Nikita

By Alberto Ríos b. 1952 Alberto Rios
Under a heavy wire milk case,
A piece of concrete foundation
On top, in summer, in her backyard,
Mrs. Russo keeps the cat Nikita safe
From birds, from dogs, from eating
Johnson grass, which he throws up.
Nikita waits for ants to wander in
And for the sun to leave.
Instead, she comes to keep him
Company, saying You look fat
And that her son died,
Remember I told you?
Walking thin in his uniform
On a road.

Alberto Ríos, “Nikita” from The Lime Orchard Woman (Bronx: Sheep Meadow Press, 1988). Copyright © 1988 by Alberto Ríos. Used by permission of the author.

Source: The Lime Orchard Woman (The Sheep Meadow Press, 1988)

Discover this poem’s context and related poetry, articles, and media.

Poet Alberto Ríos b. 1952

POET’S REGION U.S., Southwestern

Subjects Relationships, Pets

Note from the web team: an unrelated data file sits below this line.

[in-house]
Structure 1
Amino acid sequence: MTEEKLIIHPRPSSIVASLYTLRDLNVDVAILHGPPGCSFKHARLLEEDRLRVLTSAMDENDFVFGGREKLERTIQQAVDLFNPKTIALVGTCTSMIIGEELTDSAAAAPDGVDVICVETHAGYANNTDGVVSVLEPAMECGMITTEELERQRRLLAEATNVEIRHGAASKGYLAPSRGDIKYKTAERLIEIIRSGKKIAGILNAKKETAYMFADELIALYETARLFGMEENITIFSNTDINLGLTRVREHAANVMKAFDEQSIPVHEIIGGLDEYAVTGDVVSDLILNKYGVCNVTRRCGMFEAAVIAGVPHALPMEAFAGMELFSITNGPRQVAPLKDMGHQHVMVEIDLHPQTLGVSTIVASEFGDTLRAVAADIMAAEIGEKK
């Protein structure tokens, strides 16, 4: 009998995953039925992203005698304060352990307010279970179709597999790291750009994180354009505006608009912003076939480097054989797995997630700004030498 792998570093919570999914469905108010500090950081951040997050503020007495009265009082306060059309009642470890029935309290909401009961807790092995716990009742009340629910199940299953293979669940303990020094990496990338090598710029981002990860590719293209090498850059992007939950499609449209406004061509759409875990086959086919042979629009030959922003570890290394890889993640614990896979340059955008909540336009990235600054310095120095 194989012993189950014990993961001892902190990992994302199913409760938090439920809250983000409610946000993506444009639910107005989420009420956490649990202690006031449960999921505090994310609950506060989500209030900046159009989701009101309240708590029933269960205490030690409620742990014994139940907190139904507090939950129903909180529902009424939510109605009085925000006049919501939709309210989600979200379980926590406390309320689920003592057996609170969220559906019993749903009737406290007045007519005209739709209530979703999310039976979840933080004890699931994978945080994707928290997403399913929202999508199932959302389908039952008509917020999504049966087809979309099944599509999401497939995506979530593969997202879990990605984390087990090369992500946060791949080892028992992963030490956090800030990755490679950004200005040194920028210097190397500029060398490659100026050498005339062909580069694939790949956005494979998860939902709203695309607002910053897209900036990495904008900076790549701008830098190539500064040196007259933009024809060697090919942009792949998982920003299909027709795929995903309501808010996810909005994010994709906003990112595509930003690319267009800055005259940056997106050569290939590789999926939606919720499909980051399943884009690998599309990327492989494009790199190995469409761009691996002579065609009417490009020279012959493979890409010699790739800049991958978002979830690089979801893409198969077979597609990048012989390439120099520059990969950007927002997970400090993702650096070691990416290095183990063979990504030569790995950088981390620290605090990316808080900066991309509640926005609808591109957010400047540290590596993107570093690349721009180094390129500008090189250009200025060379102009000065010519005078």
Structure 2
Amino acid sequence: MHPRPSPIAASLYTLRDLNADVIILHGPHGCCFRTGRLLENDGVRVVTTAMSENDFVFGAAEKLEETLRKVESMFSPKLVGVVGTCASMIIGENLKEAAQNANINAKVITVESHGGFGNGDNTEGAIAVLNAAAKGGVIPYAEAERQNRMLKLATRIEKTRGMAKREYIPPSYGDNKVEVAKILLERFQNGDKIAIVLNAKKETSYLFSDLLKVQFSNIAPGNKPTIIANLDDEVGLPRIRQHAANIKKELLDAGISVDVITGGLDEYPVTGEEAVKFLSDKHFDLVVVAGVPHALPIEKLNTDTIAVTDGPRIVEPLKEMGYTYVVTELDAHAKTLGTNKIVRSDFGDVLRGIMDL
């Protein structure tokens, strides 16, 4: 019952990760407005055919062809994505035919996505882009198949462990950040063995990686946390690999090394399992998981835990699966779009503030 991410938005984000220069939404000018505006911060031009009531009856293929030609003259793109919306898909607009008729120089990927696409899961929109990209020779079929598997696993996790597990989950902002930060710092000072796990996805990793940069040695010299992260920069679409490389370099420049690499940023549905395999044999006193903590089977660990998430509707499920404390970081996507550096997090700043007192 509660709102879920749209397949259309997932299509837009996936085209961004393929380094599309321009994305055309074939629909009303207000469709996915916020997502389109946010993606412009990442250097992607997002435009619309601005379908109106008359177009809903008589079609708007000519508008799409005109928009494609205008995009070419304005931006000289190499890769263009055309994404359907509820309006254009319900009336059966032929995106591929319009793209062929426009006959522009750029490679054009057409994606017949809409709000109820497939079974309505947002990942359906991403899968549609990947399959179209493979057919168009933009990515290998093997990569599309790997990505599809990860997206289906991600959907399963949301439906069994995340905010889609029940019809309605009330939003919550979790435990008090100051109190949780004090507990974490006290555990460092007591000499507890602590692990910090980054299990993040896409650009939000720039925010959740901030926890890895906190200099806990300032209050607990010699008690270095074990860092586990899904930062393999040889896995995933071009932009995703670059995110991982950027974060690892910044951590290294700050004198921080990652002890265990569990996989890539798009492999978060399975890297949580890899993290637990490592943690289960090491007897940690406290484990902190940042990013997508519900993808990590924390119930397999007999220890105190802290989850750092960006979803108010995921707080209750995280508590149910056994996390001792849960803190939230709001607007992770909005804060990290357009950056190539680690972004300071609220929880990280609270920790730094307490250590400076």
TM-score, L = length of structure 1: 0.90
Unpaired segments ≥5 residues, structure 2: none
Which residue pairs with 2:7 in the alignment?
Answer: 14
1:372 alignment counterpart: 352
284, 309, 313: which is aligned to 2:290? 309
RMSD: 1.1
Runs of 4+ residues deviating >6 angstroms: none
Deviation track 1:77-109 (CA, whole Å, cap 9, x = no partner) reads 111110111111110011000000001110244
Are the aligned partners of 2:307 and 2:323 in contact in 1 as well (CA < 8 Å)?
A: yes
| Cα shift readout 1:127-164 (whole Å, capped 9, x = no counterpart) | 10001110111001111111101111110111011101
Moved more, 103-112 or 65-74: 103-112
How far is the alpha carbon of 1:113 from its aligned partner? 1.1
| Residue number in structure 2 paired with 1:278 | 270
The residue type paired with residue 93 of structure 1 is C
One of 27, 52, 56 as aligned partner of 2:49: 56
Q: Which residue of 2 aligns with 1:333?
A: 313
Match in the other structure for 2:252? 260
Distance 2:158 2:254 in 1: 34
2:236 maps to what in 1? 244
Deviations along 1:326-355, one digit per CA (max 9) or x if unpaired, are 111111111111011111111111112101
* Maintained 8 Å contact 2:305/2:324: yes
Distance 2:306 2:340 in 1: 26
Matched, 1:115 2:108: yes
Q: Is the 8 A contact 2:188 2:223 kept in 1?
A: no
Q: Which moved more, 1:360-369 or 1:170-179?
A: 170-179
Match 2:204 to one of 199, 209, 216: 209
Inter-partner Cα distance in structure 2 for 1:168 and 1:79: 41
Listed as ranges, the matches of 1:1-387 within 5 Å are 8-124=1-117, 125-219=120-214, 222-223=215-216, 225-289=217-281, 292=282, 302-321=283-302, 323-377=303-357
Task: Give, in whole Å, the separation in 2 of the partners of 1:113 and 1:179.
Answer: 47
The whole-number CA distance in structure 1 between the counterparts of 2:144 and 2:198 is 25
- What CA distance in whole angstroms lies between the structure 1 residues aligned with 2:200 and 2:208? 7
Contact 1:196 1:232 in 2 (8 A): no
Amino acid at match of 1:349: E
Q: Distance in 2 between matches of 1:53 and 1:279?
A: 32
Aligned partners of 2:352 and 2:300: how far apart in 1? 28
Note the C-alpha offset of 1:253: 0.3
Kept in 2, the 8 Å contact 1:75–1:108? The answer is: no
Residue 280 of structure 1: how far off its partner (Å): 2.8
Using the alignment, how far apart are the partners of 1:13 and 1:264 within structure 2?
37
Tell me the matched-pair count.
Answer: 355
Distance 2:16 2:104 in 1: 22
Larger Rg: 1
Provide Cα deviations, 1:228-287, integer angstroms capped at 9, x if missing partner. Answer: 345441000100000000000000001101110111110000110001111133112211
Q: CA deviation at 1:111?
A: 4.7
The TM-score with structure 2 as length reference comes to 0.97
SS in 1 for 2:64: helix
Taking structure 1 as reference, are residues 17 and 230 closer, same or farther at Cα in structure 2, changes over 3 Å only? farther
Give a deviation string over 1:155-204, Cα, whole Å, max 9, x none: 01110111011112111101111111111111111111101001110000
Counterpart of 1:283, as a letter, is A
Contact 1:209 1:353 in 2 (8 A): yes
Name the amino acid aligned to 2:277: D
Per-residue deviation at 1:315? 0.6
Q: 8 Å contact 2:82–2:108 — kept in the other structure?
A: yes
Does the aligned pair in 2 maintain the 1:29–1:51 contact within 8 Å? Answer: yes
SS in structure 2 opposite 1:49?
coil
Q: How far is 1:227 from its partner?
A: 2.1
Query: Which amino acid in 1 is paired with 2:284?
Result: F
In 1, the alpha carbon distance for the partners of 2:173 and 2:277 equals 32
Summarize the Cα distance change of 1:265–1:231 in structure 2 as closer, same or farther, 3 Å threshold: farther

Poetic Terms Free Verse

 Alberto  Ríos

Biography

Alberto Ríos has won acclaim as a writer who uses language in lyrical and unexpected ways in both his poems and short stories, which reflect his Chicano heritage and contain elements of magical realism. "Ríos's poetry is a kind of magical storytelling, and his stories are a kind of magical poetry," commented Jose David Saldivar in the Dictionary of Literary Biography. Ríos grew up in a Spanish-speaking family but was forced to . . .

Continue reading this biography

Poem Categorization

SUBJECT Relationships, Pets

POET’S REGION U.S., Southwestern

Poetic Terms Free Verse

Report a problem with this poem

Originally appeared in Poetry magazine.

This poem has learning resources.

This poem is good for children.

This poem has related video.

This poem has related audio.